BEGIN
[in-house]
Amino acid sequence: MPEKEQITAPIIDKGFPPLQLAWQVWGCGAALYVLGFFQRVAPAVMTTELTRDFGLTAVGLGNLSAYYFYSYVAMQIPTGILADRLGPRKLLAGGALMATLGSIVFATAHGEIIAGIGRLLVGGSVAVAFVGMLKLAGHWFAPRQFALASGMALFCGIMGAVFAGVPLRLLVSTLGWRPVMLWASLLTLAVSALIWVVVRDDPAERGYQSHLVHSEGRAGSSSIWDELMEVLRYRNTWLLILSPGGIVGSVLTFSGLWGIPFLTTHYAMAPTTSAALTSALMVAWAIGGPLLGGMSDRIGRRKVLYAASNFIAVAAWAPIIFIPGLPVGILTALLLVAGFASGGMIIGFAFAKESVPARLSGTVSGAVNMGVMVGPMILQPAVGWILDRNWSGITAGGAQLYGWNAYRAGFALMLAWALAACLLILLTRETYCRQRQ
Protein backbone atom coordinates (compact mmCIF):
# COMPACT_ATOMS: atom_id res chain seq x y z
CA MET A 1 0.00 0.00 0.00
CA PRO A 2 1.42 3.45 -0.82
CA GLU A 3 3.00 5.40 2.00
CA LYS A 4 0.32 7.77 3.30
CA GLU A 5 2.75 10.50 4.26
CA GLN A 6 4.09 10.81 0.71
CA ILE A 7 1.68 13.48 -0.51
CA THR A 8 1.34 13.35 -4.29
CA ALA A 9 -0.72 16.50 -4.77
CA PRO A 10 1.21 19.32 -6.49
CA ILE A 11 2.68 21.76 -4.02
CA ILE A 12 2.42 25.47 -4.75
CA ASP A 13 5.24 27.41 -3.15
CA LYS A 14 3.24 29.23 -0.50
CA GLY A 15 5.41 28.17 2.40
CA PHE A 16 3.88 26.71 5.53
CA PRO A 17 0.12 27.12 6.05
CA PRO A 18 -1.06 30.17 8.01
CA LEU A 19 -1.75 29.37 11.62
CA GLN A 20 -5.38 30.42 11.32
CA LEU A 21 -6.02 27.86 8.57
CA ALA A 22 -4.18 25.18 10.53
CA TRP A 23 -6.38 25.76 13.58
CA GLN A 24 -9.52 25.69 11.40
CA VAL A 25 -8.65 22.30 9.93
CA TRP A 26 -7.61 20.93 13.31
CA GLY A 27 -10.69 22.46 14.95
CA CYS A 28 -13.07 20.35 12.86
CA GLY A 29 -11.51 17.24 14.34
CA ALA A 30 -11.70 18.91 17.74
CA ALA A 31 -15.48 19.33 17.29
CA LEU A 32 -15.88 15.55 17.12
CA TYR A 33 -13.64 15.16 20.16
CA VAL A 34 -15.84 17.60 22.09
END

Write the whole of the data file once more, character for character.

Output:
[in-house]
Amino acid sequence: MPEKEQITAPIIDKGFPPLQLAWQVWGCGAALYVLGFFQRVAPAVMTTELTRDFGLTAVGLGNLSAYYFYSYVAMQIPTGILADRLGPRKLLAGGALMATLGSIVFATAHGEIIAGIGRLLVGGSVAVAFVGMLKLAGHWFAPRQFALASGMALFCGIMGAVFAGVPLRLLVSTLGWRPVMLWASLLTLAVSALIWVVVRDDPAERGYQSHLVHSEGRAGSSSIWDELMEVLRYRNTWLLILSPGGIVGSVLTFSGLWGIPFLTTHYAMAPTTSAALTSALMVAWAIGGPLLGGMSDRIGRRKVLYAASNFIAVAAWAPIIFIPGLPVGILTALLLVAGFASGGMIIGFAFAKESVPARLSGTVSGAVNMGVMVGPMILQPAVGWILDRNWSGITAGGAQLYGWNAYRAGFALMLAWALAACLLILLTRETYCRQRQ
Protein backbone atom coordinates (compact mmCIF):
# COMPACT_ATOMS: atom_id res chain seq x y z
CA MET A 1 0.00 0.00 0.00
CA PRO A 2 1.42 3.45 -0.82
CA GLU A 3 3.00 5.40 2.00
CA LYS A 4 0.32 7.77 3.30
CA GLU A 5 2.75 10.50 4.26
CA GLN A 6 4.09 10.81 0.71
CA ILE A 7 1.68 13.48 -0.51
CA THR A 8 1.34 13.35 -4.29
CA ALA A 9 -0.72 16.50 -4.77
CA PRO A 10 1.21 19.32 -6.49
CA ILE A 11 2.68 21.76 -4.02
CA ILE A 12 2.42 25.47 -4.75
CA ASP A 13 5.24 27.41 -3.15
CA LYS A 14 3.24 29.23 -0.50
CA GLY A 15 5.41 28.17 2.40
CA PHE A 16 3.88 26.71 5.53
CA PRO A 17 0.12 27.12 6.05
CA PRO A 18 -1.06 30.17 8.01
CA LEU A 19 -1.75 29.37 11.62
CA GLN A 20 -5.38 30.42 11.32
CA LEU A 21 -6.02 27.86 8.57
CA ALA A 22 -4.18 25.18 10.53
CA TRP A 23 -6.38 25.76 13.58
CA GLN A 24 -9.52 25.69 11.40
CA VAL A 25 -8.65 22.30 9.93
CA TRP A 26 -7.61 20.93 13.31
CA GLY A 27 -10.69 22.46 14.95
CA CYS A 28 -13.07 20.35 12.86
CA GLY A 29 -11.51 17.24 14.34
CA ALA A 30 -11.70 18.91 17.74
CA ALA A 31 -15.48 19.33 17.29
CA LEU A 32 -15.88 15.55 17.12
CA TYR A 33 -13.64 15.16 20.16
CA VAL A 34 -15.84 17.60 22.09